Racing: Kew Green gamble hopes hinge on rain
Competitive handicaps are the stuff of gambles as the needy and greedy think they espy a route to riches that requires only a phone call, a click of the mouse or a stroll to the local betting shop. As far as Saturday's Cambridgeshire is concerned the horse for money yesterday, in a punt moving rather more swiftly than those on the Cam, was Kew Green, halved in price from 16-1 to 8-1 favouritism in one bookmaker's ante-post list.
The seven-year-old rattled up a hat-trick in the spring, culminating in an easy defeat of last year's Cambridgeshire winner Spanish Don in a good-class handicap over Saturday's course and distance. And though he has not been seen in public since disappointing when favourite at Epsom on Oaks day, he was given a vote of confidence yesterday by big-race jockey Dane O'Neill. "It is a tough race to win," he said, "but he goes there very well. We are hopeful of a big run."
Kew Green, who is set to carry 9st 7lb, hails from Paul Webber's mixed Banbury yard and although his Newmarket victory in May represented his trainer's most recent Flat success, only a few from Cropredy Lawn have run on the level since and the establishment's jumpers are certainly in form, with a 75 per cent strike rate this month.
The first leg of the traditional Autumn Double has long been the target for Kew Green, who can best express his talents on a soft surface. "After Epsom, I gave him a break with the intention of bringing him back for the Cambridgeshire," said Webber. "He likes a bit of cut in the ground and with any luck we will get it."
If the forecasters are right, Kew Green and his fans will indeed find conditions to their liking. Conditions on the Rowley Mile course could ease ahead of the three-day Cambridgeshire meeting, which starts on Thursday.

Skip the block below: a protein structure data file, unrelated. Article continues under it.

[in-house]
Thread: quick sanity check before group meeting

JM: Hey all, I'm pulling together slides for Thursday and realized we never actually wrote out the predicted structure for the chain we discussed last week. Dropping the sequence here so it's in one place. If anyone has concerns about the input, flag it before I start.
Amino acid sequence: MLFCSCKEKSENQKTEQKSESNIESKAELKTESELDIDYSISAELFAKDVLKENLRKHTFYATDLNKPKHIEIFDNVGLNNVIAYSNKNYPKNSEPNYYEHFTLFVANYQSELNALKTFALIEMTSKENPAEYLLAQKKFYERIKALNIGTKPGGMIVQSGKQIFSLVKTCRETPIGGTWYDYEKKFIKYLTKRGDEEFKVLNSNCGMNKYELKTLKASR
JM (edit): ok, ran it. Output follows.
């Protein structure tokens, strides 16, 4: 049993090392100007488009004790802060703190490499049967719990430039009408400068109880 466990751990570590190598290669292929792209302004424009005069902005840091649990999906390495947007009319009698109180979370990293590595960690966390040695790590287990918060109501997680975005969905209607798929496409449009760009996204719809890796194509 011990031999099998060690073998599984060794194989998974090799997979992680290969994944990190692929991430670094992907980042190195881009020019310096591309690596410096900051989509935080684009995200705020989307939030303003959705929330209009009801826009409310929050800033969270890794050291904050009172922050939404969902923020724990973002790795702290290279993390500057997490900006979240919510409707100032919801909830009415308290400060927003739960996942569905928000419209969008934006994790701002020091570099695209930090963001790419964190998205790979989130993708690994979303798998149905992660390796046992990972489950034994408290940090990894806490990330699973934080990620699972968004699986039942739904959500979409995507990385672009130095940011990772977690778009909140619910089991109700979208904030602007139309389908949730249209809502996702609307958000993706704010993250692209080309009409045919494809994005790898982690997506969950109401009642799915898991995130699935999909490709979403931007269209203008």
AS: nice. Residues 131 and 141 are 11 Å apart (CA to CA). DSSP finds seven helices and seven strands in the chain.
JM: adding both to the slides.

The going remains good but rain is forecast for tonight and later in the week. "The days are forecast to be dry this week, but there are fronts due to pass through on three evenings, each of which could bring up to six millimetres of rain," said Michael Prosser, the clerk of the course.
"The ground is perfect out there at the moment and we'll obviously have to wait and see how much rain actually materialises."
Outsiders, though, win more often than favourites; witness 12 months ago when Spanish Don, at 100-1, became the joint longest-priced winner in the nine-furlong cavalry-charge's 163-year history. Only seven market leaders have been successful since the war, the last, eight years ago, being 4-1 shot Pasternak, who did enhance many bank balances.
The last top-weight to win a Cambridgeshire was Cap Juluca, who carried a post-war record 9st 10lb ten years ago. The horse at the top of the pile this time is four-year-old Momtic, set to carry the same burden on Saturday after winning three from seven this term.
"He's earned it," said trainer William Jarvis. "He's been competitive and consistent and is in the form of his life but it would need a career-best performance to win this one. He's improved considerably but eventually the handicapper gets them all."
Momtic, who will be ridden by handicap ace Alan Munro, has been unplaced only twice this year, at Kempton and Newmarket in races won by none other than Kew Green. "He's the horse I fear," added Jarvis.
In a race with a safety limit of 30, 75 were declared at yesterday's penultimate stage, including other well-fancied ones like Blue Monday, last year's beaten favourite Pedrillo and Ashkal Way, who must satisfy in a workout tomorrow to take part.
Going and luck in running apart, the other imponderable not yet in the equation is the draw, a factor that could thwart both layout and outlay.
Last year's renewal of the race was a rarity, in that the first three home raced from low-numbered stalls on the stands side. A single-figure draw is normally a kiss of misfortune, having yielded no other win and only five other places in the past 10 years.
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